The Wall Street Journal provided some marriage advice this week for the many couples who argue about money in an article called “Money Matters Can Make or Break a Marriage.” It’s not just marriages writer Jeff Opdyke is aiming to improve, it’s also the financial wellbeing of the households.
The problem: A great many couples are feeling the pinch right now, but even when the economy is flying high, many couples argue about money more than anything else. They argue about how to spend it, save it, invest it and budget it. Frequently, one spouse has more financial prowess than the other, or at least has a greater interest in the topic. The other may find his or her eyes glazing over at the mere suggestion to set a budget together. There are also many marriages in which neither spouse has a great financial understanding, putting them at risk for questionable decisions. If even one of you thinks this is a problem, it’s time to take action.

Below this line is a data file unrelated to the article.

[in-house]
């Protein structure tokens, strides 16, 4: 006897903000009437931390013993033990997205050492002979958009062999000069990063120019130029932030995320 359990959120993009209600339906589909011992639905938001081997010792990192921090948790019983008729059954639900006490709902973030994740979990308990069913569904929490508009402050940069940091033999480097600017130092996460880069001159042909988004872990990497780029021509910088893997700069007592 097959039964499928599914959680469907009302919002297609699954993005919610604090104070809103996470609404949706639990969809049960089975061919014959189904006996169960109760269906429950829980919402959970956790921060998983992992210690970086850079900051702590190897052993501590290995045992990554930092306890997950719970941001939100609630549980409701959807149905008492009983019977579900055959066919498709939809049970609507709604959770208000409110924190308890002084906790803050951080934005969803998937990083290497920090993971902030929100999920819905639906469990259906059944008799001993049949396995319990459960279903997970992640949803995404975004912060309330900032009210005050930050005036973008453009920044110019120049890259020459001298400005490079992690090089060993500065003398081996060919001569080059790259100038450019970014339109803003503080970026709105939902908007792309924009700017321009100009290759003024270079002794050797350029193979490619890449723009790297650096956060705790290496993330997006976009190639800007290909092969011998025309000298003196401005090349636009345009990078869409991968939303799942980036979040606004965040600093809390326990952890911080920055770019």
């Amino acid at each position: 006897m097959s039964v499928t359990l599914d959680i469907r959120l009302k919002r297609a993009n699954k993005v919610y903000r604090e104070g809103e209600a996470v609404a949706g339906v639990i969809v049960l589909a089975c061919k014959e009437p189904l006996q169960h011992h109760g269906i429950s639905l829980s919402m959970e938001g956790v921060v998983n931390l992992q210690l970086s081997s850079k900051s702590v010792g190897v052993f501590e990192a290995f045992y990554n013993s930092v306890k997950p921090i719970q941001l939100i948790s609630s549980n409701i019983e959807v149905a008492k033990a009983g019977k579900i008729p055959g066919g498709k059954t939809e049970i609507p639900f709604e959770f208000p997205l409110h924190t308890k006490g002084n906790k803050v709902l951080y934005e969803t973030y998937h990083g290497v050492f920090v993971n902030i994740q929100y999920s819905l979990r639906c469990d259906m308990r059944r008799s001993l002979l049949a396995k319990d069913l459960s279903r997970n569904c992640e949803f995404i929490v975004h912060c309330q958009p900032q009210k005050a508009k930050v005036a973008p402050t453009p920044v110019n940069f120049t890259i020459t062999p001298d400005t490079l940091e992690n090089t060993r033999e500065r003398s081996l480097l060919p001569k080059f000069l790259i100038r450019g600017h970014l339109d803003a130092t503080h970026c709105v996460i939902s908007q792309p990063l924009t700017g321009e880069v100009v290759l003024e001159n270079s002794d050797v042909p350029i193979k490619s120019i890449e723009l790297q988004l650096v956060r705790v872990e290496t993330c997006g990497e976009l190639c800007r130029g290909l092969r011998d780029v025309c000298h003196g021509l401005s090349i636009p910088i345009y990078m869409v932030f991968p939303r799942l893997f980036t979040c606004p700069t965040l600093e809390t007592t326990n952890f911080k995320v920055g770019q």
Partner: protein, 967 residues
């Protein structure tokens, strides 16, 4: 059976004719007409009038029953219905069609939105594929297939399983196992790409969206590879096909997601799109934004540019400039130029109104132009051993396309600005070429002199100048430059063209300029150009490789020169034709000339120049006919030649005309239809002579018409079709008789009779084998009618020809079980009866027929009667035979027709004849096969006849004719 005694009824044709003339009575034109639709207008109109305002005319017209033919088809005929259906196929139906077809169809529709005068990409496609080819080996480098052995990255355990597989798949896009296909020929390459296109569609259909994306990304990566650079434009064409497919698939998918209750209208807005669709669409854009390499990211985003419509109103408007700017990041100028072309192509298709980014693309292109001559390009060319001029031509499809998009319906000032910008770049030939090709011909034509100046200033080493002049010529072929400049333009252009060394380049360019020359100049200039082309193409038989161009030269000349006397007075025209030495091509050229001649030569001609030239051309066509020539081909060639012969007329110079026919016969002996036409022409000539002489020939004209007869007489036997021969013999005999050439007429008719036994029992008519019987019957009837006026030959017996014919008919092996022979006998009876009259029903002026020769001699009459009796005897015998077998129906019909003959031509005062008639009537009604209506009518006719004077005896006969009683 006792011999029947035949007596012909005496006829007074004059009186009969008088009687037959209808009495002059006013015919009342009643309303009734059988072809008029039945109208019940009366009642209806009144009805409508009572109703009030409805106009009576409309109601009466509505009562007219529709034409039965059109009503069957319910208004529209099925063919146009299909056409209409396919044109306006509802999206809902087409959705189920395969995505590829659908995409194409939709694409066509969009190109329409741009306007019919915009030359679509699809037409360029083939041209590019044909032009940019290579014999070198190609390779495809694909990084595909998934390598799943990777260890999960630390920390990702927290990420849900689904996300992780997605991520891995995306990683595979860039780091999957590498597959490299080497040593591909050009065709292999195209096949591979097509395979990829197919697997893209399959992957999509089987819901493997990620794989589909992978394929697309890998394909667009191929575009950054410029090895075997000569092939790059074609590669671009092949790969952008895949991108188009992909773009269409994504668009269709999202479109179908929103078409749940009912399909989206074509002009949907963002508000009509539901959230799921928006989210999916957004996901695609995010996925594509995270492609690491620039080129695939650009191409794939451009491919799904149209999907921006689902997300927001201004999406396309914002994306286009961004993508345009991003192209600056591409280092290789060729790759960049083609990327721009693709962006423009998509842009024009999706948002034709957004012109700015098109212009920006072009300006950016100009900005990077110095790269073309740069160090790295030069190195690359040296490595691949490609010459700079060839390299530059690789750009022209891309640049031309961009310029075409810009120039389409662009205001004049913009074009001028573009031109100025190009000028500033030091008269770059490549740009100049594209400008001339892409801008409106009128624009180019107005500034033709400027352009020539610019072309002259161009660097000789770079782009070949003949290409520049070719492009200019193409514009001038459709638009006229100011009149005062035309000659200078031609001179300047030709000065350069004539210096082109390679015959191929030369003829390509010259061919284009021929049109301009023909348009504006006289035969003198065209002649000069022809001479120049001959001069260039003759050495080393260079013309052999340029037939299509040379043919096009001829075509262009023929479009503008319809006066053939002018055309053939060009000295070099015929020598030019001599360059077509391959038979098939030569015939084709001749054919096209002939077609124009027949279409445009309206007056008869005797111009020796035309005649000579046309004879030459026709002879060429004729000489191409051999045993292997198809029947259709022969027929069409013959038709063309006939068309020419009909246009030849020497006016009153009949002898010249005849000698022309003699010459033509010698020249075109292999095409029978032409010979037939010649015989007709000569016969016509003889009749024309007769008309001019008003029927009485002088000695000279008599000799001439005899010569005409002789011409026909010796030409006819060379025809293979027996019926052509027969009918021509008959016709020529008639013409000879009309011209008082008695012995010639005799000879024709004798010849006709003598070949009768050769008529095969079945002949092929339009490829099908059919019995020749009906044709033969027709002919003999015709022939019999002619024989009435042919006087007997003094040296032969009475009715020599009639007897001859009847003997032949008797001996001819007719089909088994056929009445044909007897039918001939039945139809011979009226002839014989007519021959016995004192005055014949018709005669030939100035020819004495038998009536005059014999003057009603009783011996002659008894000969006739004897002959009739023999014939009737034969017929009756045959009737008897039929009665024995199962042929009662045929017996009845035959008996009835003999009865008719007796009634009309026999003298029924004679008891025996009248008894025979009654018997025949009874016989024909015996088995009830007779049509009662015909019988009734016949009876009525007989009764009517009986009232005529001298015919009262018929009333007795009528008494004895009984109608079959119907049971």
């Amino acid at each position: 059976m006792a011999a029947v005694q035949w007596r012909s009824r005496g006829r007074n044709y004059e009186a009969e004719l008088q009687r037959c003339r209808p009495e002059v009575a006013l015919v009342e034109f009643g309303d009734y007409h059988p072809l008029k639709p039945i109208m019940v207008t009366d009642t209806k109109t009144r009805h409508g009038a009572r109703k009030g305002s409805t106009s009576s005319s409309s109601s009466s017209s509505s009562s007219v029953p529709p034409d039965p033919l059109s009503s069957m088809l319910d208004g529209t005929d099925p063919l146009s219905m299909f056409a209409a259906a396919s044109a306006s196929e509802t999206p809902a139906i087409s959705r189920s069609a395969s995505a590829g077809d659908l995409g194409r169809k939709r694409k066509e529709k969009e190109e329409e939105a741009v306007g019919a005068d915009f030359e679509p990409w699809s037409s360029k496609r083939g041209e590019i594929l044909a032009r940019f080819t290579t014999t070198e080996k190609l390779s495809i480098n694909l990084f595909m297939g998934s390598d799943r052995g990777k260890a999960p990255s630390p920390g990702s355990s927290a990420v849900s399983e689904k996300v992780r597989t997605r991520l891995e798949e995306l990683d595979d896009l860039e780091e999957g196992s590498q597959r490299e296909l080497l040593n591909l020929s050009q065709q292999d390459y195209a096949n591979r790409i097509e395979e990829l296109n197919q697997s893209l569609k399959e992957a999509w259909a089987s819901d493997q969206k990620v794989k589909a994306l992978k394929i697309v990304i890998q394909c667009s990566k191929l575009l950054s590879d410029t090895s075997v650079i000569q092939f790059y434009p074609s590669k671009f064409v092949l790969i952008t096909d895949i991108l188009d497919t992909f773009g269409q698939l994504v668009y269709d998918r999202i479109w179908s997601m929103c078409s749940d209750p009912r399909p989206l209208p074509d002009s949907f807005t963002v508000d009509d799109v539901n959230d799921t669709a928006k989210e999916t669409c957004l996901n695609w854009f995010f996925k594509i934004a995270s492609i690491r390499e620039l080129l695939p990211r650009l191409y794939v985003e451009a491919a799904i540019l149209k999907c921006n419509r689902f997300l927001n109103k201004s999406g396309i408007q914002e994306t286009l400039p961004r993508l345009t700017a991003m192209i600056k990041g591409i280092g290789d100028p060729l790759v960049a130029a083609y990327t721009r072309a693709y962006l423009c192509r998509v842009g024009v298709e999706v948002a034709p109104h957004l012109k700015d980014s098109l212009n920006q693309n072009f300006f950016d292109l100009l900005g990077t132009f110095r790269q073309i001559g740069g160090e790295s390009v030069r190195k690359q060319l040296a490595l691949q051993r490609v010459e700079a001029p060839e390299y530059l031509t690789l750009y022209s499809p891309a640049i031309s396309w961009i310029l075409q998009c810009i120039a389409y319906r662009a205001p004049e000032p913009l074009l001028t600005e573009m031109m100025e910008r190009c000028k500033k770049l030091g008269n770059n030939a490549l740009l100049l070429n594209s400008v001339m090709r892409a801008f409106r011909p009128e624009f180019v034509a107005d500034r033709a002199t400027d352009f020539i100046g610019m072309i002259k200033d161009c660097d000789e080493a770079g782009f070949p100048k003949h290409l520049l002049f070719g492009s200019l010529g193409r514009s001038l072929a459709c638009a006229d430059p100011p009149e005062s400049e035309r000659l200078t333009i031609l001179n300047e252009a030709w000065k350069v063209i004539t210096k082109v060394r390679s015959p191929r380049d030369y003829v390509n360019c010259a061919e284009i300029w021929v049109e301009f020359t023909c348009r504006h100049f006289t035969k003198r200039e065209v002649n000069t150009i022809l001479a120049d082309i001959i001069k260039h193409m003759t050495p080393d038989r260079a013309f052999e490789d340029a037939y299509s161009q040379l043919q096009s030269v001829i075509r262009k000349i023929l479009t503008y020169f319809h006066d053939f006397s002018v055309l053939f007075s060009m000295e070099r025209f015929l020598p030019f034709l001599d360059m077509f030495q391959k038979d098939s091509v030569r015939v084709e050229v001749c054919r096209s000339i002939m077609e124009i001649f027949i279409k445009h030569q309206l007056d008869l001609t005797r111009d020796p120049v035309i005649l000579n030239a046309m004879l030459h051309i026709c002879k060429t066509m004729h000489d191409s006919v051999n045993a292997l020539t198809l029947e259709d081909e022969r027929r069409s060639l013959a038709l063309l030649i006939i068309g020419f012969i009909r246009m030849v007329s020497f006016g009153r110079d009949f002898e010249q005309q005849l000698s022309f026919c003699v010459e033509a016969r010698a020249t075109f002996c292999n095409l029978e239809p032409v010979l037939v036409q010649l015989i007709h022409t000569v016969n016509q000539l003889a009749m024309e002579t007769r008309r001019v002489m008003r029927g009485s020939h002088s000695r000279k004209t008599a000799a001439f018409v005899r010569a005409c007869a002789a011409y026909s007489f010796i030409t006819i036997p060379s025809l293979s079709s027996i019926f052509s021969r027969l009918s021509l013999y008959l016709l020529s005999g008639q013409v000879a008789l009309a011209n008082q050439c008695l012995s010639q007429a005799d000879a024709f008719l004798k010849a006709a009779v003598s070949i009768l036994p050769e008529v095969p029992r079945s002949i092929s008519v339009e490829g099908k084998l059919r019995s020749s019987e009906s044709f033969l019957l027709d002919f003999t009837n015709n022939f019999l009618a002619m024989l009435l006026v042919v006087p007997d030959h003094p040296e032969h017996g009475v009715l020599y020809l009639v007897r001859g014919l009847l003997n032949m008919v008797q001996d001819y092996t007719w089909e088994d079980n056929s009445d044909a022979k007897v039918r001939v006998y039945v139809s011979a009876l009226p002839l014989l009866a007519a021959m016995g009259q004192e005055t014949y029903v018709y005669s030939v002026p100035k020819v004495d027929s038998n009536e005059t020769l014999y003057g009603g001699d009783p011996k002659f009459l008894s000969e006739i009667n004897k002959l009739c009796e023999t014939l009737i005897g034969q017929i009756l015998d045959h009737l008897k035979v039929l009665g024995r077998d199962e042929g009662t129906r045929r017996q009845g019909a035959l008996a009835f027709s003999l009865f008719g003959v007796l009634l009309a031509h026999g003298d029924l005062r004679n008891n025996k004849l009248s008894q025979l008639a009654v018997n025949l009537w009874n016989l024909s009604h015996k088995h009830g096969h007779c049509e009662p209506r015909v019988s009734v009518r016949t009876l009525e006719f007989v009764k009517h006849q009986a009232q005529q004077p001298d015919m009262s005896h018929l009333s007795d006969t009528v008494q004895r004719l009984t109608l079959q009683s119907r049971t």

The solution: Seek help.
Because financial arguments bring emotional baggage, tempers can flare. Deeper issues surface. Spouses feel they and their needs are not understood. Putting a neutral person in the middle greatly improves the chances of making progress. Getting a financial planner or financial counselor involved can greatly diffuse tempers and can keep you from making decisions based on emotions. Let him or her know ahead of time that this is an area in which you have disagreements, and inform the counselor of your specific issues or goals. “With such a strategy, you’re letting the pro absorb the energy that would otherwise fuel a fight, and you’re getting impartial advice that can work to bridge the differences separating you two,” writes Opdyke.
He adds that you don’t have to care about the financial details, you just have to care about the relationship enough to forge a path that meets both of your needs. The resulting plan can hopefully put you on a much better track for financial health as well as marital health.